Fix credit report inaccuracies. It’s not uncommon for inaccuracies to appear on a credit report, whether it’s for your personal or business credit. Check yours to ensure there are no inaccurate issues bringing down your score. If there are, you can dispute them by contacting the credit bureaus or having a credit repair service handle communications with the agencies.

Taking the time to gain an excellent score gets you lower interest rates and ensures you’ll have cash available should you need it during lean times.

Alternative Financing Options

If you’re still unable to secure a small business loan, you could look into alternative financing options. Some things you can do to get cash flowing into your business include:
Take on silent investors. You run the business, and they gain some of the profit. Be cautious about outflow. You don’t want to borrow money and then find yourself strapped for cash due to paying out high percentages of revenue.
Seek crowdfunding. Go online and ask others to invest in a new product idea or creative endeavor. For example, you can offer a video of an early prototype of a new product. People buy it ahead of time, and you gain the funds to produce and deliver it.
Ask family and friends. The people who love you want to see you succeed. Ask your family and friends if they want to invest in your business.
Sell what you don’t need. You likely have belongings you can live without. Perhaps you don’t need a fourth display case. Sell anything you don’t absolutely need to generate a little extra cash flow.

Of course, in addition to financing, you can also hold sales to move inventory that’s sitting around, reach out to customers with great offers and throw special classes that you can charge additional fees to attend.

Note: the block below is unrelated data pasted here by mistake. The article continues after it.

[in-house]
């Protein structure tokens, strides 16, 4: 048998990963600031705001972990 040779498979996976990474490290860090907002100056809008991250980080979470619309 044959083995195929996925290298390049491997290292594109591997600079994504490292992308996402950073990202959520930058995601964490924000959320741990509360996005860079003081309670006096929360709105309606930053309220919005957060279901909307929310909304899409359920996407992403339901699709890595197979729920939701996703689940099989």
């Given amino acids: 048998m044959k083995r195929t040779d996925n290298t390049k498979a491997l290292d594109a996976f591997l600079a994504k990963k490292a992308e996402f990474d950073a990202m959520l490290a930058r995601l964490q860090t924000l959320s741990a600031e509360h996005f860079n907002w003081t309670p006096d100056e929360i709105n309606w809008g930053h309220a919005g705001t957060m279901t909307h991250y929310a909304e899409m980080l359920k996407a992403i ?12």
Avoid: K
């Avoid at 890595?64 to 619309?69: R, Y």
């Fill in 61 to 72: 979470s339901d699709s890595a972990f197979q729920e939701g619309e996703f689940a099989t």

Separating Business and Personal Finances

One of the key factors in keeping both your personal and business credit score top-notch is separating the two. Never mix your business funds with personal funds. Pay yourself just as you would any other employee. Business revenue and expenses are always paid via a business checking account. Personal expenses come out of your personal account.

Isolating the two types of expenses protects your personal credit. Additionally, if you ever get audited by the Internal Revenue Service (IRS), you’ll have a much easier time tracking down what expenses you claimed, which helps you avoid subjecting yourself to unwanted scrutiny.

Should You Use Your Personal Credit to Get Started?

Since a brand-new company may not have the score to secure a loan, you may not have a choice if you want to fund your dream. Just make sure you treat any personal obligations as such.
Separate them the minute you can secure a better business credit score and obtain separate financing. Pay yourself back or pay off loans you took out and work to establish both a stellar personal and business credit score.

About Lexie Liu'

Lexie is a digital nomad and writer. If she's not traveling to various parts of the country, you can find her at the local flea markets or hiking with her goldendoodle. Check out her blog, DesignerToast.